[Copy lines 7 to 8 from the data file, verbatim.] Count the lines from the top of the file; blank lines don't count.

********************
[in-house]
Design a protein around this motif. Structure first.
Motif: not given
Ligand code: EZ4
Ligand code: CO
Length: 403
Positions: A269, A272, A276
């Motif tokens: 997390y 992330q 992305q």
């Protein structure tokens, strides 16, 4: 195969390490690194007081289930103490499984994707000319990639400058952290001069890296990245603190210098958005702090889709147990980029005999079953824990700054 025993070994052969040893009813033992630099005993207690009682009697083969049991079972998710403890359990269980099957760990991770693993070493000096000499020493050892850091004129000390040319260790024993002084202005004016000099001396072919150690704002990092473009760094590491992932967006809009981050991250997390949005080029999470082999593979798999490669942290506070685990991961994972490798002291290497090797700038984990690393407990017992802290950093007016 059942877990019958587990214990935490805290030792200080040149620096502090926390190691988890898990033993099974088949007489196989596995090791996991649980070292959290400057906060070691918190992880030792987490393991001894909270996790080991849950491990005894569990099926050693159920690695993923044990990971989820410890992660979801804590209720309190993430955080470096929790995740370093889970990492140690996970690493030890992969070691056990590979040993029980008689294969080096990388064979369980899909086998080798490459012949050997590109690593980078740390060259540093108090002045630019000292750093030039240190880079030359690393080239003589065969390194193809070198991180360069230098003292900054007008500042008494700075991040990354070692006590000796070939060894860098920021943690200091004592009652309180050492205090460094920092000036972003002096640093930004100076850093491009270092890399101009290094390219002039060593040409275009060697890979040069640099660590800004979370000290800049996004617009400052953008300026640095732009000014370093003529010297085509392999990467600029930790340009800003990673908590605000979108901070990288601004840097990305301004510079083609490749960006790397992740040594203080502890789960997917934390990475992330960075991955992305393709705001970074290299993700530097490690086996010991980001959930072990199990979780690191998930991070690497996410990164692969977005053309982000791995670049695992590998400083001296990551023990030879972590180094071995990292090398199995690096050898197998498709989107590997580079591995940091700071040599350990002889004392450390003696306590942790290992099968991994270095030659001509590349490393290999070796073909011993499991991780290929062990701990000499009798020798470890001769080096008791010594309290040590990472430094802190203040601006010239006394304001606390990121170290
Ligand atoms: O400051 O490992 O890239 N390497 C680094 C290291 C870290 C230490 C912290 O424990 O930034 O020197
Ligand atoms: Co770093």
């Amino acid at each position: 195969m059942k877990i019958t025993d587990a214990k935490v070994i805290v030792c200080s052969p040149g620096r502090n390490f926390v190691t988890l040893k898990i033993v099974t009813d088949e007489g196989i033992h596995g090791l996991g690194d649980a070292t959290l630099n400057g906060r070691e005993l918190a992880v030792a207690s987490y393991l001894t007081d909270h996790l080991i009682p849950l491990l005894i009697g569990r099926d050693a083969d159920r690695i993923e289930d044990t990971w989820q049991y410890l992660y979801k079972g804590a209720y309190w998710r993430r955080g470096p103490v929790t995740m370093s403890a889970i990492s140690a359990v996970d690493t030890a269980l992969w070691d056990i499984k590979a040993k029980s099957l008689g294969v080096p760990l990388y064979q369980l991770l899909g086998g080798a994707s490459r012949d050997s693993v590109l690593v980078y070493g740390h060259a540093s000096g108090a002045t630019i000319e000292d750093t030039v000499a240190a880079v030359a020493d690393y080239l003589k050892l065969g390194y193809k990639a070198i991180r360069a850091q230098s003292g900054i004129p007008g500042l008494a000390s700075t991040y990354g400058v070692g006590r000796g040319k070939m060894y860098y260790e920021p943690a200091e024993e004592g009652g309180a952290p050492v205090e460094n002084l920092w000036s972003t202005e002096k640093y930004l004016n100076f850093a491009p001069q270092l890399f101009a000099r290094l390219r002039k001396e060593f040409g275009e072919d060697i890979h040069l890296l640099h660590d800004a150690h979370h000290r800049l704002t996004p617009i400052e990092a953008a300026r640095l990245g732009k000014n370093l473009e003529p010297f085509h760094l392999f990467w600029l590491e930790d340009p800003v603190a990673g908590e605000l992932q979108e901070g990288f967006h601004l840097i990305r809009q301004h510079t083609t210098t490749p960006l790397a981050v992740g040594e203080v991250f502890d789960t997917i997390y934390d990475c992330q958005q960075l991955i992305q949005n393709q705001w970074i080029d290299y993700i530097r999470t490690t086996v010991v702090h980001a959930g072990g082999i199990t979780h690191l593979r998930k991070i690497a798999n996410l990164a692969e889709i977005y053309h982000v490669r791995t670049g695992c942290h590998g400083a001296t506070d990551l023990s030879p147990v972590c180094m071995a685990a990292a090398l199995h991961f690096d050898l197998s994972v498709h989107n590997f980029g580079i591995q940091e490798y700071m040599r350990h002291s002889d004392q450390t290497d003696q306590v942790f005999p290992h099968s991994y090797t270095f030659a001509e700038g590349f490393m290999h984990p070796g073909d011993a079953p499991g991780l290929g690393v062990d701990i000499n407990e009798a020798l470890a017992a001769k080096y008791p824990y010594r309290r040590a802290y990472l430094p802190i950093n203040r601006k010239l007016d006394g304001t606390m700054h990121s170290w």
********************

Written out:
Positions: A269, A272, A276
């Motif tokens: 997390y 992330q 992305q």